Wednesday, April 22, 2009

My Son John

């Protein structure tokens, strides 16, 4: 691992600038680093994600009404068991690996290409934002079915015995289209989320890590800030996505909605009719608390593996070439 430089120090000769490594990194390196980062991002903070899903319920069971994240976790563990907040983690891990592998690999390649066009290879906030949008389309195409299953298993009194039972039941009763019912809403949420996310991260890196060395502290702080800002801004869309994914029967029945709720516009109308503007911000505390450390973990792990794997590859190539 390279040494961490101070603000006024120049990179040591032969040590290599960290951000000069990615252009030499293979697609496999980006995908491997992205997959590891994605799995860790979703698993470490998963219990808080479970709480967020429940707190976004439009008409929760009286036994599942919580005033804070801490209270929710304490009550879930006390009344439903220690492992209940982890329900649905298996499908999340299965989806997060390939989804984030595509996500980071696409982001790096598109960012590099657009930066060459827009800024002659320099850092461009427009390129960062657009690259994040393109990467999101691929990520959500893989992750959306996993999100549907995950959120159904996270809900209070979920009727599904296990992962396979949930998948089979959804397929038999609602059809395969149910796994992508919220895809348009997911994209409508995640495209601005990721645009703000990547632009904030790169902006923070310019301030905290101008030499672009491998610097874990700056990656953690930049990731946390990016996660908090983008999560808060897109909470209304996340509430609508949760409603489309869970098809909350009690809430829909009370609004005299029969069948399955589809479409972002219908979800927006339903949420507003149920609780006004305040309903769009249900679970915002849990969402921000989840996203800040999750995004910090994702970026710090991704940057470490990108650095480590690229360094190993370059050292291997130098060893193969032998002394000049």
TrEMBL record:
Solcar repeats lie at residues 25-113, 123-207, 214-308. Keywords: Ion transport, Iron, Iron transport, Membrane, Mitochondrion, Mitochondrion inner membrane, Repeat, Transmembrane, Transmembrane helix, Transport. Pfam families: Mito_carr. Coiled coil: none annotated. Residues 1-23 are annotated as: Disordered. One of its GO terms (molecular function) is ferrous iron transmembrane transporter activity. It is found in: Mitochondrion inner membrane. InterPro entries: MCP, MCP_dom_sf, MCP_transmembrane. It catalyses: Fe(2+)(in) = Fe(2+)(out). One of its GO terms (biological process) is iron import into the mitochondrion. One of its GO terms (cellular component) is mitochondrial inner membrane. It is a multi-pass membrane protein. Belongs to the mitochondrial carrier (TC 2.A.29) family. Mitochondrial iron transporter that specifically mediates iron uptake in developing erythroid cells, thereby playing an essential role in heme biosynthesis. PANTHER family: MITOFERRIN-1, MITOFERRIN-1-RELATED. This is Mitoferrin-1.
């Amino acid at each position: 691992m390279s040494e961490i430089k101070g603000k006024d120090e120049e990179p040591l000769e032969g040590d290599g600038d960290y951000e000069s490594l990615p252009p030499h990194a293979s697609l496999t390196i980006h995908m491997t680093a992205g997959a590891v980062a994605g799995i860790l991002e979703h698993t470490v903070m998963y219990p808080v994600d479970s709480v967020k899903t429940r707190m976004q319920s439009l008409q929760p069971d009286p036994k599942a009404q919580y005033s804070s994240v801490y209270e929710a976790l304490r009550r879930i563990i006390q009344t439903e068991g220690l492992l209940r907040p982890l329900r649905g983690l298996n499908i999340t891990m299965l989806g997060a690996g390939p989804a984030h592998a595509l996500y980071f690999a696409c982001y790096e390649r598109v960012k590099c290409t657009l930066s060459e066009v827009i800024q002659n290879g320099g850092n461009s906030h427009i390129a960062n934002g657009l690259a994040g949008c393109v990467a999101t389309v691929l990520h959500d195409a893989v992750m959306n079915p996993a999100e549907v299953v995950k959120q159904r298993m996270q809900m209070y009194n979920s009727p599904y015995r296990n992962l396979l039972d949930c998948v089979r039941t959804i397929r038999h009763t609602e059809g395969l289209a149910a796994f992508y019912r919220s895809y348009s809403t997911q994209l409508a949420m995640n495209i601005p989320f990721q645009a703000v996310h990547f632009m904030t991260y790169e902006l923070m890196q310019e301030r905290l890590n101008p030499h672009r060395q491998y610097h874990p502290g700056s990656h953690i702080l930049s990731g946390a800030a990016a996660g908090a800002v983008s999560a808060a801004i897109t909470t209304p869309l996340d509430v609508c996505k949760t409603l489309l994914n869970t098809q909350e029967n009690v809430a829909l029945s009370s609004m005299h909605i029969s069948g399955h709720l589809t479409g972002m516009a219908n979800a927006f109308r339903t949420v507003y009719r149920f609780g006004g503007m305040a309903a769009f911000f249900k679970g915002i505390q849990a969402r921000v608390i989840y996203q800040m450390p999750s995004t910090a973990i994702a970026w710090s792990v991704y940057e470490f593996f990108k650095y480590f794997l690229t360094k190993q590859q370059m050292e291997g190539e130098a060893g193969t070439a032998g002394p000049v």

Agentti 52 / Agent 52. US (c) 1952 Paramount. P+D: Leo McCarey. SC: Myles Connolly, Leo McCarey - adaptation: John Lee Mahin - based on a story by Leo McCarey. DP: Harry Stradling. AD: Hal Pereira, William Flannery. Song: "Alma Mater" (composed by Leo McCarey and Robert Emmett Dolan, lyrics by Leo McCarey). COST: Edith Head. ED: Marvin Coil. CAST: Helen Hayes (Lucille Jefferson), Van Heflin (Stedman), Dean Jagger (Dan Jefferson), Robert Walker (John Jefferson), Minor Watson (Dr. Carver), Frank McHugh (Father O'Dowd). 122 min. A Paramount (Hollywood) print viewed at Cinema Orion, Helsinki, 21 April 2009. - A brilliant print. - A seminal anti-communistic film made with total devotion by Leo McCarey, who not only wrote, directed, and produced, but also dubbed John's final speech and composed and wrote lyrics to the final song that accompanies it. - After this film, there was a five year hiatus in McCarey's filmography. - A strange film beneath McCarey's usual intelligence, wit and sense of humour. - McCarey had certainly demonstrated audacity in treating serious political issues in Hollywood entertainment in Once Upon a Honeymoon. - Before this, he had made one non-comedy, Make Way for Tomorrow, but there was a profound sense of humour in it. - It seems that for McCarey, Communism was a force of evil, of Satan (as in Satan Never Sleeps). - The strange conclusions in this film include that intellect, intellectuality, and academic achievements become suspect. And a fatally dysfunctional family (a weak, conformist and alcoholic father, and a mother on the verge of nervous breakdown) becomes the ideal of America. - Robin Wood has remarked that if this film had been properly understood, McCarey, himself, might have been hauled before the Un-American activities committee. - A pervasive sense of unease, fraud, and phoniness. - A terrible film with a lot of fascinating unconscious content. - An apology of naming names, informing, and espionage. - Robert Walker plays John for a monster. - Helen Hayes is great as the neurotic mother, who also makes fun about her condition (pretending to catch a fly).

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